The future of casinos without AAMS is unknown; many on the conservative side have predicted the end for all other types of gambling. Some, however, believe that with the increase in online gaming and new forms of gambling, casinos will be around for a long time to come. Casinos are a form of entertainment that bring both happiness and wealth to communities. They create jobs, generate taxes and sometimes even fund local charities. With their current economic downturns including bankruptcy filings in Atlantic City alone reaching 12 this year, it’s hard to imagine what kind of future they’ll have without AAMS
History of AAMS:
The American Amusement Machine Operators Association (AAMOA), formed in 1993, was an industry association that worked to protect the interests and settings of amusement machines at all types of venues. The organization was founded by existing members of various trade organizations, including The Association Internationale des Amusements et Jeux de Bourse, and other gambling-related groups. It was created to regulate the games in bars, restaurants, Casino non AAMS and many other types of establishments. These games previously were available only for use in private homes or at such locations as gambling resorts or at licensed racetracks and gaming facilities.
Its goals were to help the industry to develop and protect its economic, social and legal interests. The AAMOA provided education, advocacy and support for its members through activities such as hosting seminars.
AAMOA was disbanded in 2014. Its final president was Paul Ewing who was elected in 1998 and served for 12 years until his retirement in 2012.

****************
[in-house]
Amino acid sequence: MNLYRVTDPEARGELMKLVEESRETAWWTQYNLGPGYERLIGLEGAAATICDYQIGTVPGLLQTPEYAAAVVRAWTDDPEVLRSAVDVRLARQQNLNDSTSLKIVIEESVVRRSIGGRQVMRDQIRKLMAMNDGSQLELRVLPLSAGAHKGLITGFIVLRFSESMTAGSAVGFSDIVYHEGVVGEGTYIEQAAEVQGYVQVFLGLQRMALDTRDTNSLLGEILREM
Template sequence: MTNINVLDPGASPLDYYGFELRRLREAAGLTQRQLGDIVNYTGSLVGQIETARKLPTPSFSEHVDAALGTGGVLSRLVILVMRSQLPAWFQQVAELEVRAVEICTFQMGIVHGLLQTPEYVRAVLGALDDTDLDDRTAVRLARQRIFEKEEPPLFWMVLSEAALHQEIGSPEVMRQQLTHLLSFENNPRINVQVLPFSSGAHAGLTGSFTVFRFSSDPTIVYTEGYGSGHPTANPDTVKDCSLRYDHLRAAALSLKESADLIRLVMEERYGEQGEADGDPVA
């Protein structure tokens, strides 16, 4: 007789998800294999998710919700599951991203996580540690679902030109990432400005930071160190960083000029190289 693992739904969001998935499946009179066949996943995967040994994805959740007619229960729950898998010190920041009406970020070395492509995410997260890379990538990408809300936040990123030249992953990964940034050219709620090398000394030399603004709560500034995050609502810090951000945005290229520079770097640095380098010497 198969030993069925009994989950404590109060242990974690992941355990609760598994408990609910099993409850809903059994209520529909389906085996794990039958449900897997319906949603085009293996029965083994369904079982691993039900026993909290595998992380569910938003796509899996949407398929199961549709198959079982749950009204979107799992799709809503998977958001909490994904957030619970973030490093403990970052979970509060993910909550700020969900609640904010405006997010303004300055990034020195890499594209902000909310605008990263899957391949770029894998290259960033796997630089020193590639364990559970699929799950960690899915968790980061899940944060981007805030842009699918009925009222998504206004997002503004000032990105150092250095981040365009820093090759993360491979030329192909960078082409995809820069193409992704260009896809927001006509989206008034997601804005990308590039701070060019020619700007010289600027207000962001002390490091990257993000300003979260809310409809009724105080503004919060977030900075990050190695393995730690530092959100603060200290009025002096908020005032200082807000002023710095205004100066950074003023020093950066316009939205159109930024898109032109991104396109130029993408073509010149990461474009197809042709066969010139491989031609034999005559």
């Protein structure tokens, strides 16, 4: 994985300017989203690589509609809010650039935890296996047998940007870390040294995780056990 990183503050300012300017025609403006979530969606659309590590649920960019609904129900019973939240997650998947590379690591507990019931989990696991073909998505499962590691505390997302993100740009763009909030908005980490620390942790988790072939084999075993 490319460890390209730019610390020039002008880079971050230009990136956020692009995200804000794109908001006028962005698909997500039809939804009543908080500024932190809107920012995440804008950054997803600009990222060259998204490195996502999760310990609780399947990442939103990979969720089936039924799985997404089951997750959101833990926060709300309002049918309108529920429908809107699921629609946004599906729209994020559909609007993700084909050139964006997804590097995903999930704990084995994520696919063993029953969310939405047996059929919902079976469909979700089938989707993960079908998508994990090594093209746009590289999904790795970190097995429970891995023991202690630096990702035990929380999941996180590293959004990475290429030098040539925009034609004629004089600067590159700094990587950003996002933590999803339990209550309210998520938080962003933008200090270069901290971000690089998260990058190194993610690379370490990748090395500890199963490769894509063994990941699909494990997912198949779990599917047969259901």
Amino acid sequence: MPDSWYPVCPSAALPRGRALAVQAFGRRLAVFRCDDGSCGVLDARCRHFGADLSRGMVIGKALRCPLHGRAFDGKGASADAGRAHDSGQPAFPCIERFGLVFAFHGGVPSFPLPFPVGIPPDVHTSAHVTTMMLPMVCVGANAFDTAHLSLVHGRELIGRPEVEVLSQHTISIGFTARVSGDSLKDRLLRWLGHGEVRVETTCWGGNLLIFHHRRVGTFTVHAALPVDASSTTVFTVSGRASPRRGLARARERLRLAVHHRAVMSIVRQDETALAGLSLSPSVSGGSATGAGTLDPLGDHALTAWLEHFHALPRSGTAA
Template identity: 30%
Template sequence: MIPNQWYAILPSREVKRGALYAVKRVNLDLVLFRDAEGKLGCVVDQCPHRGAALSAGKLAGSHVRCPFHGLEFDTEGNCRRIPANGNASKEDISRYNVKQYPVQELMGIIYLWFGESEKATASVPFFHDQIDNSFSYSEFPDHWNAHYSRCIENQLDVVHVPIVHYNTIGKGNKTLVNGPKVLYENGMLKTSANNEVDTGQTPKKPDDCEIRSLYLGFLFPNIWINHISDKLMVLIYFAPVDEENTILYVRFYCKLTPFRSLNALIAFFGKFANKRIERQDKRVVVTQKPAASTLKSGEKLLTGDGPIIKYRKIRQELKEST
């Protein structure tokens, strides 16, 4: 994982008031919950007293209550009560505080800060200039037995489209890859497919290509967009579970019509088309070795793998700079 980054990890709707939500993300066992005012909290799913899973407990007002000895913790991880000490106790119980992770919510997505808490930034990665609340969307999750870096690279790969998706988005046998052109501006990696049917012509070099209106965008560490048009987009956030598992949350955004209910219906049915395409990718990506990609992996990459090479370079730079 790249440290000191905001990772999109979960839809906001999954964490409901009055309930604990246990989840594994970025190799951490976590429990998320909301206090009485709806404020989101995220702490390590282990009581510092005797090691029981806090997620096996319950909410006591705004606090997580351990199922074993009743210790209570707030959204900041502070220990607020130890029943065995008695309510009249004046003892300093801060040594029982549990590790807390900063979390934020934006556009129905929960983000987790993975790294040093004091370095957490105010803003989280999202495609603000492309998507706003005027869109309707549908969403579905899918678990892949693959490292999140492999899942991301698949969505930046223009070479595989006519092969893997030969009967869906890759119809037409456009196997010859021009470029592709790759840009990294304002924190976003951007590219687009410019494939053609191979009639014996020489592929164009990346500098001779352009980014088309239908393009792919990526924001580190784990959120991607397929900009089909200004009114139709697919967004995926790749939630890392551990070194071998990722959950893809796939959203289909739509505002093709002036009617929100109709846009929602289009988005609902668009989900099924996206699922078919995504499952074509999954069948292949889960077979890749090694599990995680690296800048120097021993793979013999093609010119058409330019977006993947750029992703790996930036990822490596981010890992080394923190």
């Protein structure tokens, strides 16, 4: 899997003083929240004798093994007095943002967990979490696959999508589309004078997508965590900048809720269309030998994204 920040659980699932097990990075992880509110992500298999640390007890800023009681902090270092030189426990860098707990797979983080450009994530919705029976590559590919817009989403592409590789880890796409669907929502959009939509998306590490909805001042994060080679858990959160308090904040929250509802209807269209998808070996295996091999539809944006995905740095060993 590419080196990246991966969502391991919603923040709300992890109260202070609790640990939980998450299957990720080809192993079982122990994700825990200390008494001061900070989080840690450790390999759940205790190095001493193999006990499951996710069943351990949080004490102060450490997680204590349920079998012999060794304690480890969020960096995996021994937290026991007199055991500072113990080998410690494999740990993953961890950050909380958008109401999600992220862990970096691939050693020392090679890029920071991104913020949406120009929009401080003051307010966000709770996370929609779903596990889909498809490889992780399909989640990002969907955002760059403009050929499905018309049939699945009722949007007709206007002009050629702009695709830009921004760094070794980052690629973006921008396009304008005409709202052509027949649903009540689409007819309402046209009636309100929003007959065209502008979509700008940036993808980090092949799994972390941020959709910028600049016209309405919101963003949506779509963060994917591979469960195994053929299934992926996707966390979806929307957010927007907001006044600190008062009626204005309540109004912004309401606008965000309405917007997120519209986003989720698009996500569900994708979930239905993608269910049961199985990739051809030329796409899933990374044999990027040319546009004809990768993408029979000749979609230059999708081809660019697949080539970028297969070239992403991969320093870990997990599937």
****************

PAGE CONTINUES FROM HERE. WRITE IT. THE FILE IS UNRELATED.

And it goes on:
As the industry continues to grow, it also faces new challenges that require real time feedback from players and regulators to improve their own product offerings and operations. The AAMOA will continue to provide this service by working with government agencies, its membership organizations, media outlets, analysts and other interested parties who will be kept informed of new trends affecting the gaming industry.
“On 17 April 2007 the Association Internationale des Amuseurs de machine a sous (AIMS) announced a new system for issuing licences to operators of those gaming machines that do not require individual licences. AIMS membership is open to anyone able to demonstrate qualifications as a member of AIMS, regardless of country or region.
Individual countries have their own licensing systems in place for gambling machines and it is up to licensees to ensure that they know the requirements of their local jurisdictions. AIMS invites operators of such gaming machines situated in countries with no individual licences, to apply for AIMS membership.
In so far as such machines are concerned, the industry now has a global certification program that will meet the needs of both operators and regulators.”
The AAMOA supports state governments in the provision of education and training to its membership and the general public about the responsible use of gambling machines. The Association fulfills its educational purpose through seminars, conferences, workshops, symposia, continuing education classes and other educational activities.
For many years the Association has awarded annual scholarships for college students attending college in various states across the country. Students are accredited for a period of five years after graduation. Past winners include:
The AAMOA Foundation, a non-profit 501(c)3 charity is operated by the Association of Amusement and Music Operators Associations to raise money for student aid and sponsor projects that benefit the entire amusement industry. The Foundation provides financial support of college students in various states throughout the United States, and helps fund projects that benefit the entire amusement industry.
AAMOA is part of an international organisation, AIMS. Founded in Paris in 1963, this non-profit organization has been created to help game machine manufacturers and operators throughout Europe. It provides a framework to help promote fair play within its consortium.